Having used a contradiction obtained on one side by partly unsound polling as the pretext for its study, the AMF report goes on to claim that the two propositions are "mutually exclusive" - that you can't support same-sex marriage while also supporting raising children by their natural mother and father "where possible". These claims are not as mutually exclusive as they sound. For instance, respondents might not consider the term "natural mother and father" as necessarily being meaningful when applied to a cases involving donated sperm or eggs and/or surrogacy. They might not understand "where possible" as meaning that a society should do everything (however divisive, discriminatory or expensive) to ensure natural parenthood. They might very well just see same-sex marriage as connected to same-sex parenting rates (most likely because it largely isn't). And so on.
The poll document goes on to quote law professor and SSM opponent Margaret Somerville as arguing that SSM violates the human rights of children to have parents of both genders. AMF clearly agrees with this claim, but the only evidence it presents is that the United Nations says the right to marry includes the right to start a family - a claim that even if true, speaks only to the rights of parents.
AMF's poll (conducted by Galaxy, but AMF is to blame for the question design) starts by repeating the Ambrose question ("Where possible, as a society ...") cold with 76% agreeing. It then asks people if the right to marry includes the right to start a family, but has first primed them by saying that the United Nations says so. Of course then there is high agreement (76-11). AMF laments that 24% don't understand that the right to marry includes the right to start a family, but the UN saying something is true does not mean respondents have to agree.
The AMF poll then asks:
"Which of these two conflicting claims is most important?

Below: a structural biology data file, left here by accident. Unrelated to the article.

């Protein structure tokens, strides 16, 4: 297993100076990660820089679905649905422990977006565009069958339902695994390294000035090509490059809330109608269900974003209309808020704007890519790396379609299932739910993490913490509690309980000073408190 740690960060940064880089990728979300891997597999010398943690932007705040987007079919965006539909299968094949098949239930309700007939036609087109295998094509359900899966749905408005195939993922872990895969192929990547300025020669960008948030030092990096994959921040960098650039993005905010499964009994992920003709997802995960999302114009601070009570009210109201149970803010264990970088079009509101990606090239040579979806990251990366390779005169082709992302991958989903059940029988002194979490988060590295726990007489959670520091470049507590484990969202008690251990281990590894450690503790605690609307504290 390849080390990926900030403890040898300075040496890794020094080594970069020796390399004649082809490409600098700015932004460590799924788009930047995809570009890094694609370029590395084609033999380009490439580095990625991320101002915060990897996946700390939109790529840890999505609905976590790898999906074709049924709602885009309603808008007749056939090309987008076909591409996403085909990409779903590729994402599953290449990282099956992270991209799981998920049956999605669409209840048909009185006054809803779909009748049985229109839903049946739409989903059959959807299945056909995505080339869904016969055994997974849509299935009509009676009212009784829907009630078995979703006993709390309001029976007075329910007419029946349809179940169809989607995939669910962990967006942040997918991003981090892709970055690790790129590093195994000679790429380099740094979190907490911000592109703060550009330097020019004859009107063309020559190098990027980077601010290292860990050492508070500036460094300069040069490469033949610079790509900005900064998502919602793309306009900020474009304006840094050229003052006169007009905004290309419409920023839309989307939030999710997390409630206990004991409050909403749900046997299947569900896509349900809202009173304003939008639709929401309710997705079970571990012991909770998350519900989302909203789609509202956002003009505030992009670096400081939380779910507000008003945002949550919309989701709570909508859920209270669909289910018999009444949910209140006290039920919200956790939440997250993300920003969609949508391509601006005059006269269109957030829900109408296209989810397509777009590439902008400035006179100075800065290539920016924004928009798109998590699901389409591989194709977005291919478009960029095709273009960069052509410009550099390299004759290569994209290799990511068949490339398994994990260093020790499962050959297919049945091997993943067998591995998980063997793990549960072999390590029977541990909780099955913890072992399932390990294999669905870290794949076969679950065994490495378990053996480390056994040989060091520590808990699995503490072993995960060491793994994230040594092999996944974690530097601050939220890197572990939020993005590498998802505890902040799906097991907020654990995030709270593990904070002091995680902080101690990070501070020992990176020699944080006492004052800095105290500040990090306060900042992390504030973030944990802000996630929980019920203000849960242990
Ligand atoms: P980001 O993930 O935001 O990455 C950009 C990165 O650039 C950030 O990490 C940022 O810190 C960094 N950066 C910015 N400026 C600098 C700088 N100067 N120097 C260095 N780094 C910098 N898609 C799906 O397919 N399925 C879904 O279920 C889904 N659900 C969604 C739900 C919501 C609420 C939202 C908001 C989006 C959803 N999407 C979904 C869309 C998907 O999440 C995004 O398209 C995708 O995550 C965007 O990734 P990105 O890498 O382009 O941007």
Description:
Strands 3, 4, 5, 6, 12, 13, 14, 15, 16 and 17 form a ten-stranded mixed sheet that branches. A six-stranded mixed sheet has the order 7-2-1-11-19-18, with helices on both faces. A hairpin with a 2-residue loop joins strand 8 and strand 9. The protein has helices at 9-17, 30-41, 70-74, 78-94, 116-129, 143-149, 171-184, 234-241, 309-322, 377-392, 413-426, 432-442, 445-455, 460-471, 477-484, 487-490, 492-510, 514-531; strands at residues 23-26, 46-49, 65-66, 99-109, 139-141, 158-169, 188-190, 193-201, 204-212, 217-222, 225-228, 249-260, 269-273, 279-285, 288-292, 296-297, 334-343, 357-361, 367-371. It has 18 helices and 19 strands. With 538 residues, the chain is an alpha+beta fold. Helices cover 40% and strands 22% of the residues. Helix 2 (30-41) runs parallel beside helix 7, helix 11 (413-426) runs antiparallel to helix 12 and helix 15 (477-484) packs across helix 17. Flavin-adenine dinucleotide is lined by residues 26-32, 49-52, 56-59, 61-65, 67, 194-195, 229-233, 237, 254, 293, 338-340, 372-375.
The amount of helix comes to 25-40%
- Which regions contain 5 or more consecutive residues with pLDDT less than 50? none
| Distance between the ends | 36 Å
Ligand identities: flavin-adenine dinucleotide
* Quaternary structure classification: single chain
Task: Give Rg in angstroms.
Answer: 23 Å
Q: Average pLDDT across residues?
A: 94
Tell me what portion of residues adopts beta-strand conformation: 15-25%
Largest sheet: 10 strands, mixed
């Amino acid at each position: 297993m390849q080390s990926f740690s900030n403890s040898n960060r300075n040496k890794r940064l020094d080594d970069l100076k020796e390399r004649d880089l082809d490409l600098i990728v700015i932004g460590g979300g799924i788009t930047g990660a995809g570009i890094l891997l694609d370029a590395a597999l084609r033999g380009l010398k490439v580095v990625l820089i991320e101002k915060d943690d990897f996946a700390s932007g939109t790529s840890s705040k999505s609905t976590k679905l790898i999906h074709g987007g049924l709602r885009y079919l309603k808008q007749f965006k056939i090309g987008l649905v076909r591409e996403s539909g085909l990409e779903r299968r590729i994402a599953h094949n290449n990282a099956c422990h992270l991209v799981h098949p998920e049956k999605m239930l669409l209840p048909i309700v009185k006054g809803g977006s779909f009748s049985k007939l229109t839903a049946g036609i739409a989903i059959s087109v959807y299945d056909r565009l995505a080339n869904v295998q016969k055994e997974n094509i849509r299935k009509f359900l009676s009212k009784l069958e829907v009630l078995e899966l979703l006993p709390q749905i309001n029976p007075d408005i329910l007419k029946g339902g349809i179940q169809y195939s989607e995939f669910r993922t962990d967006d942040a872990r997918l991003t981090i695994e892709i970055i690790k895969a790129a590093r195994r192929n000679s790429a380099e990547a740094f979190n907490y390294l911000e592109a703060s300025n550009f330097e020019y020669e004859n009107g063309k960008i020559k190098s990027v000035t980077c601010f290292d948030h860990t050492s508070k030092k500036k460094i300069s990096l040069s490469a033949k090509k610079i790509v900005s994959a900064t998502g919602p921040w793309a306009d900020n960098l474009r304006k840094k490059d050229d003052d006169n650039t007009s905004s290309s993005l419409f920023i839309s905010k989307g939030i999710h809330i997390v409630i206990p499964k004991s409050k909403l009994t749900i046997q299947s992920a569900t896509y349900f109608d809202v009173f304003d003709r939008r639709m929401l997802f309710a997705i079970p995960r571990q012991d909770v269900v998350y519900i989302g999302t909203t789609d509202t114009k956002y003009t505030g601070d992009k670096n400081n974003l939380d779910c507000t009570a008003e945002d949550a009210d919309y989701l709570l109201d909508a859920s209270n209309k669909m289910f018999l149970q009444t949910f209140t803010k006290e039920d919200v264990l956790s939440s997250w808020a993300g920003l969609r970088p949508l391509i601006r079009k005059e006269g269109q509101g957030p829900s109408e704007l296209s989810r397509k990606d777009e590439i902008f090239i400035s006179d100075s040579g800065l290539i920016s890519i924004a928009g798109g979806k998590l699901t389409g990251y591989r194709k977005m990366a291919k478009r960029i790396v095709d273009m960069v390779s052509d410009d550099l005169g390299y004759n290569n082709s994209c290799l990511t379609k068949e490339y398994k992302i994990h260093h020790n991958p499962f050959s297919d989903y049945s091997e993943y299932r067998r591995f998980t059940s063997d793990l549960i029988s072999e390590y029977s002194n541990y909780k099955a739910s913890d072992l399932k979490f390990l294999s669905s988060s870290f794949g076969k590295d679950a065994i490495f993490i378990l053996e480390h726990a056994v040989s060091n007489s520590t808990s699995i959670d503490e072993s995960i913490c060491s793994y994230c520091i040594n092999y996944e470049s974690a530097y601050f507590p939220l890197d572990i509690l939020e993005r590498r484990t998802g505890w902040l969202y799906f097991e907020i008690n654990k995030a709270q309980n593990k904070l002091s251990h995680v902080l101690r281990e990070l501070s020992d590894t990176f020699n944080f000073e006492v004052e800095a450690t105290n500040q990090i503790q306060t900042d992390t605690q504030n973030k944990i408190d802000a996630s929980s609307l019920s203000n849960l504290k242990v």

A child should have a right, where possible, to both a mum and dad.
Two men should have the right to marry and create a family."
("Both equally important" and "don't know" are both options.)
48% take the mum-and-dad option, 17% the two-men option, 30% the both-equally-important option and the rest don't know.
However, the respondent by this stage has been primed by a question on whether they agree that we should do everything possible to ensure children are raised by ma and pa. They've then been primed again by a statement that the UN believes specifically mixed-sex couples have the right to marry and start a family (the insinuation being that same-sex couples don't). They've been primed again by the claim that the two above claims conflict (when depending on interpretation they might not - the respondent isn't allowed to argue that they don't). Moreover, since it's common for about 35% to say they oppose SSM in online sampling, and this was an online sample, most of those taking the mum-and-dad option are doing so because they're opposed to same-sex marriage anyway.
So all this is really showing is that maybe a quarter of those who say they support same-sex marriage can be primed into saying that a child having a mum and dad where possible is more important. That's even though their view that it is more important might well be based not on considering the cases where the two "rights" seem to conflict, but on considering the cases where they don't. (Government practices of the past such as forced adoption, or the present, such as citizenship and asylum-seeker issues, spring to mind.)
The poll also finds that 10% of Coalition supporters say they would be much more likely to vote for their local MP if that MP supported SSM, and 29% say they would be much less likely. This is a more polarised result than normal, mainly because of the amount of priming that's gone before it, but the usual caveat applies: 30% of voters will often say they would change their vote about anything.
It's also notable that the poll focuses specifically on "two men", because all-male parenting couples receive much more suspicion than all-female, based partly on gender stereotypes that mothers are more important and partly on homophobic ones that seek to link gay males to child molestation.
There are so many problems with this survey design that it's difficult to drag anything meaningful out of it. At least they've published most of the data, unlike the vast majority of those who commission skew-polls, and for that reason they avoid the otherwise obligatory porcupine fish and escape with this site's first ever:
|Rainbow Fish Award For Fishy Polling Connected To Same-Sex Marriage|
Don't be too surprised if it becomes a common feature.